Dr. Mehmet Oz is host of the popular TV show “The Dr. Oz Show.” He is a professor in the Department of Surgery at Columbia University and directs the Cardiovascular Institute and Complementary Medicine Program and New York-Presbyterian Hospital.

Dr. Mike Roizen is chief medical officer at the Cleveland Clinic Wellness Institute, an award-winning author, and has been the doctor to eight Nobel Prize winners and more than 100 Fortune 500 CEOs.

 

Dr. Mehmet Oz,Dr. Mike Roizen

Tags: sunburn | SPF protection | skin cancer | Dr. Oz

Choosing and Using Sunscreen Correctly

By and
Friday, 17 August 2018 10:15 AM Current | Bio | Archive

On an episode of the sitcom "Seinfeld," Jerry and Newman discover Kramer asleep on the roof, shirtless, on a very sunny day.

"Oh man," Kramer says when they wake him up. "I think I cooked myself."

"Kramer! Look at your skin!" Jerry exclaims.

"Oh, stick a fork in me, Jerry. I'm done," he replies.

Bad sunburns may fuel funny TV scenes, but you know they're no fun to experience — and they can do long-term damage.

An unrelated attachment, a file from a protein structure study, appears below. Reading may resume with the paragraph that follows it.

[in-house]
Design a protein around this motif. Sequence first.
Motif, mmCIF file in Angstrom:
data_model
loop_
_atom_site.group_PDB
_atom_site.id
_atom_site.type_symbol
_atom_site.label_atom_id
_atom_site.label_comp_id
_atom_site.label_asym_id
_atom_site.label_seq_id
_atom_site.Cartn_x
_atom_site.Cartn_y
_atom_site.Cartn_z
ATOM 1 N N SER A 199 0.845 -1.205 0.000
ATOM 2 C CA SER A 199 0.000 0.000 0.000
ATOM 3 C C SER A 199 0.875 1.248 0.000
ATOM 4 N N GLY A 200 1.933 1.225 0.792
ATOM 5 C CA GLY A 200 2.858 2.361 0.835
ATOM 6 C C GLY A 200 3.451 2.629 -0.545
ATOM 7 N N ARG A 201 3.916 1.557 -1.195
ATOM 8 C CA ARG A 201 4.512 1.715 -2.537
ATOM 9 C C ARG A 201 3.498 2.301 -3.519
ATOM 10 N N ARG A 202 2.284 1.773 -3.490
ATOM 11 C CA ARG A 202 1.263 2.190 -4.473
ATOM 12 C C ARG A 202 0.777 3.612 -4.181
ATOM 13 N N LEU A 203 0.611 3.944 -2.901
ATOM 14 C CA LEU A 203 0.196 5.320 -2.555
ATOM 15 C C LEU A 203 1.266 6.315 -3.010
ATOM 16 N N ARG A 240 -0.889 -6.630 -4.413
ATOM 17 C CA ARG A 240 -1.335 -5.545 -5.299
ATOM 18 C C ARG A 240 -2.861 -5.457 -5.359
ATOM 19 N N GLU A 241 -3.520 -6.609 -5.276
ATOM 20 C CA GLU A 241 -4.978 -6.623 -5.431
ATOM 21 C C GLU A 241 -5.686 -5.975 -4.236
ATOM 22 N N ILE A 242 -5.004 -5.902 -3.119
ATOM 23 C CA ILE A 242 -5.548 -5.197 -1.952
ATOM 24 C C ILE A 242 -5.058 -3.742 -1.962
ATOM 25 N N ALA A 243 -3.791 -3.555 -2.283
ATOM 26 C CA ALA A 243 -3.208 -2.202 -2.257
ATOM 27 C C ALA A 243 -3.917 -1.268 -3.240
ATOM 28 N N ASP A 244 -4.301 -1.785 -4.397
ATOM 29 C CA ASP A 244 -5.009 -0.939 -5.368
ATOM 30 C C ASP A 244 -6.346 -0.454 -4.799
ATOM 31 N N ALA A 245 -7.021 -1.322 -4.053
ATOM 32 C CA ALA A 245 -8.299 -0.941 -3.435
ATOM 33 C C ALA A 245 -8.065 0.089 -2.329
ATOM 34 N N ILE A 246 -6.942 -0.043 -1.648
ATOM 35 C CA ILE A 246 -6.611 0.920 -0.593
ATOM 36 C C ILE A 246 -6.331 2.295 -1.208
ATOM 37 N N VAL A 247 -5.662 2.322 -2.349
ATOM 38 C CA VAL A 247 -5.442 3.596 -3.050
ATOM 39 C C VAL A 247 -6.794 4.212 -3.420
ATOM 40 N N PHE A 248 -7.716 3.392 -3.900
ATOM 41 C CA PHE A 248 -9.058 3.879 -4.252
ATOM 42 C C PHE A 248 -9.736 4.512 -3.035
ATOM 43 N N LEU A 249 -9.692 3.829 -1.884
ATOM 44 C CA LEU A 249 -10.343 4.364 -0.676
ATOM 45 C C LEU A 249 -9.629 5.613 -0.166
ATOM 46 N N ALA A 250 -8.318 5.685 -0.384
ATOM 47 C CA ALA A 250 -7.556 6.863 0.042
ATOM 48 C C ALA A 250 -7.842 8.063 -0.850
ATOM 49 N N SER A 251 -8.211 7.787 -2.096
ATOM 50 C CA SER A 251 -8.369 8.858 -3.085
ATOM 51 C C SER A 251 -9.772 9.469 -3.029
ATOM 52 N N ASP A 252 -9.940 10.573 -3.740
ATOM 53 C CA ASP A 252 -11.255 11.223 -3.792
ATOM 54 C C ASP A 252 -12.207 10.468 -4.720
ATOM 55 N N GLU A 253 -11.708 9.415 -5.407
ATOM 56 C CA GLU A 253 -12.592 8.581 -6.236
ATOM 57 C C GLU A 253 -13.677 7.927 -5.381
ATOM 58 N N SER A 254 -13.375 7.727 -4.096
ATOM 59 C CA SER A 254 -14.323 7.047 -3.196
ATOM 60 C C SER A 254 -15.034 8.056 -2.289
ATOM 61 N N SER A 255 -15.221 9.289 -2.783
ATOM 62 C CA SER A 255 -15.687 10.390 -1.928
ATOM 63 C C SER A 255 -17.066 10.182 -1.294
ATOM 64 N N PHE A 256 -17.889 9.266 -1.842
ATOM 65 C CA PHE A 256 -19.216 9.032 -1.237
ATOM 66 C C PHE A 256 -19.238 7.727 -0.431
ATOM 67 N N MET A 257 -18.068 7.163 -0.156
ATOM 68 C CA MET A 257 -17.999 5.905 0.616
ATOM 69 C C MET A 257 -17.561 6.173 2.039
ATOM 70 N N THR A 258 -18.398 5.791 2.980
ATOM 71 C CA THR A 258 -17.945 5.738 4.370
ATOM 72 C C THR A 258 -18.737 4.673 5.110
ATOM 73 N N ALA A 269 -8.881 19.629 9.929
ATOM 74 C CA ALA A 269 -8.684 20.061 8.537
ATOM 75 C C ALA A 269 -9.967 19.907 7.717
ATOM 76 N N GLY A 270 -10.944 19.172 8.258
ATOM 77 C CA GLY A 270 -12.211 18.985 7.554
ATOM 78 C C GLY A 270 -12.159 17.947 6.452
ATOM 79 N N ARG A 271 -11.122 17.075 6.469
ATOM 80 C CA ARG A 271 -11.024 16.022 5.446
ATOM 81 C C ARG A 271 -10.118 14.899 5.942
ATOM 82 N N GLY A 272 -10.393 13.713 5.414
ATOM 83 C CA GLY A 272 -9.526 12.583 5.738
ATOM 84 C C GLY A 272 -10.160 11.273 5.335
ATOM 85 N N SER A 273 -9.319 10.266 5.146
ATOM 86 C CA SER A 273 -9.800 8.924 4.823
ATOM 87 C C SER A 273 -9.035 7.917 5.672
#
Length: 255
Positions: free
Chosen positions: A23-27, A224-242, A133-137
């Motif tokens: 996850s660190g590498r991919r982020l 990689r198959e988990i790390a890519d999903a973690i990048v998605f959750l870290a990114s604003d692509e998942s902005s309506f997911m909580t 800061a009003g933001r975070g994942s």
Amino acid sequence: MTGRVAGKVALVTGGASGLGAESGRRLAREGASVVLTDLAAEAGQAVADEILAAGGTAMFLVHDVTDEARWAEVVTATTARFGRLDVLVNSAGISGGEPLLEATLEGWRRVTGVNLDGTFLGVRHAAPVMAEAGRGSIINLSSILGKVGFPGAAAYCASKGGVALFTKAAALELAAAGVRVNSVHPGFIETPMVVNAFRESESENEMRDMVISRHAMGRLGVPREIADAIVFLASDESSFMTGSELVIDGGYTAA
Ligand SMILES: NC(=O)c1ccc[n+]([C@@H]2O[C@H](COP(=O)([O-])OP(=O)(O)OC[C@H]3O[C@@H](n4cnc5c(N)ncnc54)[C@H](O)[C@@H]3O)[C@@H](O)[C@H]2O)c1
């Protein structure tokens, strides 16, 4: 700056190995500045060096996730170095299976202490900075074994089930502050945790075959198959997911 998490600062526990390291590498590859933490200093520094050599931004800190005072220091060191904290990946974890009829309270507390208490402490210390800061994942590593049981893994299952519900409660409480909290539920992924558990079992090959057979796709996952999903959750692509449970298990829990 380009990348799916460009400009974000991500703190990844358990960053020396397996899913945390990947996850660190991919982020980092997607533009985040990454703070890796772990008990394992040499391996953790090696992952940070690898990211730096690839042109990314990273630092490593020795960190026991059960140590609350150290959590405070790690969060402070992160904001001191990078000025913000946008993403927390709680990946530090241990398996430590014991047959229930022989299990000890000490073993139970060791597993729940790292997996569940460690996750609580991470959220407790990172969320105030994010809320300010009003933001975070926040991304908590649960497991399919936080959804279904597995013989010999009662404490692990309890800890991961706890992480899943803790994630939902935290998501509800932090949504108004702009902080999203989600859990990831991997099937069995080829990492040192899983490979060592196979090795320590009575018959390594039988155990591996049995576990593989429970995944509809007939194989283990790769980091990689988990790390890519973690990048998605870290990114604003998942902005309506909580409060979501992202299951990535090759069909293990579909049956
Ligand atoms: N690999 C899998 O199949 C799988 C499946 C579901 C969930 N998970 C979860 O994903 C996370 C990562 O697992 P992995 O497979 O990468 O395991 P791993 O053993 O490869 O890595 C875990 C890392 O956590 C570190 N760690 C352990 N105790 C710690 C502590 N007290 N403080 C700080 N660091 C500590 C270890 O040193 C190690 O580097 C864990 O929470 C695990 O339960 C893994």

But even if you're not getting a blazing burn, too much exposure to the sun's rays may be putting you at risk for skin cancer.

That's why a new study out of St. John's Institute of Dermatology in London offers such important info: The thin sheen of sunblock most of you put on provides only about 40 percent of the cream's labeled protection, so harmful rays can still damage your skin's DNA.

The rating you see on the bottle is the protection you get when you apply 2 milligrams of sunscreen on every square centimeter of skin. That turns out to be a pretty thick layer, and most people don't use that amount.

So from now on, choose a sunscreen with micronized zinc and/or titanium oxide, and an SPF of 30 to 50. And lay it on thick. That gives you the best protection against UVA rays, the kind that penetrate deeper into the skin.

Don't get products with any other chemical sunscreens. Make sure to lather up toddlers. And infants shouldn't get sunscreen or direct sun.

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Dr-Oz
The thin sheen of sunblock most of you put on provides only about 40 percent of the cream's labeled protection, so harmful rays can still damage your skin's DNA
sunburn, SPF protection, skin cancer, Dr. Oz
252
2018-15-17
Friday, 17 August 2018 10:15 AM
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